Learning Objectives/ Lecture Outlines

Learning Objectives/ Lecture Outlines


(Microscopic features of kidney)

• Identify the cortex, medulla, calyces, pyramids, renal papillae and ureter in a diagrams or

section of a kidney.

• Explain with labeled diagrams the organization of a renal corpuscle.

• Specify the kidney components involved in producing urinary filtrate and state the role of

each component.

• Name the major parts of a nephron.

• Recognize the proximal and distal convoluted tubules and thin-walled parts of loops of

Henle in section.

• State where juxtaglomerular cells are located and discuss their significance.

Describe the sequence of the blood vessels supplying the kidney beginning with the renal artery

and ending with the renal vein

Kidneys are reddish brown paired organs, situated along the posterior abdominal wall.

They are covered by thin capsule, which is easily removed

The cut surface shows outer cortex and internal medulla.

Inside the medulla there is renal sinus containing cup shaped major and minor calycies

The renal medulla consists of pale, striated, conical renal pyramids.

Their bases are peripheral while their apices converging to the renal sinus where they project into minor

. Each pyramid is capped by cortical tissue to form renal lobe.

The renal cortex is subcapsular; it also extends towards the renal sinus as renal columns.

The medullary tissue extends into the cortex as medullary rays.

Cortex close to the medulla is sometimes termed juxtamedullary cortex.

Microscopic Features

• Kidney is composed of many tortuous closely packed uriniferous tubules, bound by little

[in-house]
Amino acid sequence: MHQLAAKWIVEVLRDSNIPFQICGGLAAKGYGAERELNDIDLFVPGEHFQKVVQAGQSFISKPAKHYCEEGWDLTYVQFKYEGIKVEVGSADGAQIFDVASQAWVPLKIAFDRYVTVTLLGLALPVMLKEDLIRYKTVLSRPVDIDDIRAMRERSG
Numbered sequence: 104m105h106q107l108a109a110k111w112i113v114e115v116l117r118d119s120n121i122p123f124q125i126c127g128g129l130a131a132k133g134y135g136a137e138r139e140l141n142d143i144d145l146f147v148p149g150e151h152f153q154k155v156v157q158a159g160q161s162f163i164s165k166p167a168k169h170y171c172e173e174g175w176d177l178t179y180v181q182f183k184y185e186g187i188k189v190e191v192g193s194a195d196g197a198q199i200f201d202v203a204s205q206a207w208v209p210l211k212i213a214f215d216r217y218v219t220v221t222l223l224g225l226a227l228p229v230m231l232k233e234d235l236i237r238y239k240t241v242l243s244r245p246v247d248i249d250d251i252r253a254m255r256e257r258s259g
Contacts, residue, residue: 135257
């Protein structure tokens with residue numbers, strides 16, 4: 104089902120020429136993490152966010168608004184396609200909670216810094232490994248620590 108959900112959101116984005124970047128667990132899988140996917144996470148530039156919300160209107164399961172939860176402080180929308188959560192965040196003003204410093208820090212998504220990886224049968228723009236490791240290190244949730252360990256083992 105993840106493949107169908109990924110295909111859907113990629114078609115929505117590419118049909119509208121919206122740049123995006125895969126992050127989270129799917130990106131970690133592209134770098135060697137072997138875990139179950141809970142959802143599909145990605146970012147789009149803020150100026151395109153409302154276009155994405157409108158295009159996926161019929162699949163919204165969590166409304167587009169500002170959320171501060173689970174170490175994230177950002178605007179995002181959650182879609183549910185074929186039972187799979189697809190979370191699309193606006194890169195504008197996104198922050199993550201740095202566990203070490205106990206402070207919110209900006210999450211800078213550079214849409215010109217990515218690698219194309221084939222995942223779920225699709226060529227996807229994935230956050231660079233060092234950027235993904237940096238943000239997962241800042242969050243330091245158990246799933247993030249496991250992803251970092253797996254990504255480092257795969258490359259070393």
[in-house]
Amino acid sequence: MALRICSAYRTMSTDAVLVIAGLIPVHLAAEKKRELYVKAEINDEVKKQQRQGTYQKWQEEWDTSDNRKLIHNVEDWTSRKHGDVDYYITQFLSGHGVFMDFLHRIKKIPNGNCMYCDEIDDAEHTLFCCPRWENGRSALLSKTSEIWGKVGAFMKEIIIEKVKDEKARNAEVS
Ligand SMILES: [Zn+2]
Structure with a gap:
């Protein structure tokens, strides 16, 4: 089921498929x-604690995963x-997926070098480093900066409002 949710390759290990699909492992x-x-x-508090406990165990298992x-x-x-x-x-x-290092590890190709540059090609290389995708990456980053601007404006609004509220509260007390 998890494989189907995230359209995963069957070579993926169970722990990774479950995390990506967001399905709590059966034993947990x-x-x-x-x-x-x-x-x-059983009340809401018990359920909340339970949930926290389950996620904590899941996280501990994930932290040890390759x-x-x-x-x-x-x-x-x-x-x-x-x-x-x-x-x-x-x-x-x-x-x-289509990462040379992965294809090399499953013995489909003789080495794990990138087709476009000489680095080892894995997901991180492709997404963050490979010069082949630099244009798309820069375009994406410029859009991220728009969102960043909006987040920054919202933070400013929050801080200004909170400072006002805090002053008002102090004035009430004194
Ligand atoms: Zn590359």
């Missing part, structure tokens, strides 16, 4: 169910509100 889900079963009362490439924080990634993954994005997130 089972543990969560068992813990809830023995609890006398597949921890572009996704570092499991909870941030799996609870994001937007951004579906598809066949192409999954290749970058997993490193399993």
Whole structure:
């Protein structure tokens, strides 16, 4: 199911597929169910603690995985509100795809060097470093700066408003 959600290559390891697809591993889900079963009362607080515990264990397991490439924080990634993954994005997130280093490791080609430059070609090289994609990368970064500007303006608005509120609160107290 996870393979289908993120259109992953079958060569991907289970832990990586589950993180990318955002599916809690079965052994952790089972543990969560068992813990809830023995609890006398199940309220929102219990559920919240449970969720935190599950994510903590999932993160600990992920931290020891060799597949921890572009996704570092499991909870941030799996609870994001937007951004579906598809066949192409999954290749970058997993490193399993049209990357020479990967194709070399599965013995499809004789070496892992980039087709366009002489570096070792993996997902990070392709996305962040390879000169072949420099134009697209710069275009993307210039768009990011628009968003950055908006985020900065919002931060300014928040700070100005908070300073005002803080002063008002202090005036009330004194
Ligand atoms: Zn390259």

connective tissue in which run blood , lymphatics and nerves.

• Each uriniferous tubule consists of two embryologically distinct parts.

1. The secreting Nephrons which elaborate urine and

2. Collecting tubule which convey urine to the calyceal system.

Kidney and Urineferous Tubule

• Each kidney consists of about 1,000,000 nephrons,

• The nephrons begins as double walled epithelial cup (Bowman’s capsule), which surrounds a tuft

of capillaries, the glomerulus.

• Bowman’s capsule and the glomerulus together form the renal or Malpigian corpuscle.

Bowman’s capsule consists of two simple epithelial layers; an inner or visceral layer covering the

glomerulus and an outer parietal layer. The region where the vessels enter or leave the glomerulus is

the ‘vascular pole of the corpuscle.

‘Urinary pole’ of the corpuscle is roughly opposite the vascular pole; here the parietal layer of

Bowman’s capsule becomes continuous with proximal tubule.

The Nephron and Renal Corpuscle

The cells of the visceral epithelium are specialized, called ‘podocytes’.

The nucleus and surrounding cytoplasm protrude into the capsular space and rests on the processes that

extend from the cell body, branching one or more times to form a series of slender processes on basal

The terminal processes or pedicles interdigitate with the pedicles of neighboring podocytes; leaving a

series of slits between them.

Parietal Layer of Bowman’s capsule

Parietal layer of bowman’s capsule is lined by simple squamous epithelium.

This layer becomes continuous with the lining of proximal convoluted tubule.

Tubular Part of Nephron

The tubular portion of nephrons is composed of

Both proximal and distal tubules have a convoluted portion and a straight portion.

The straight portion of the proximal tubule and distal tubule together with the thin segment are arranged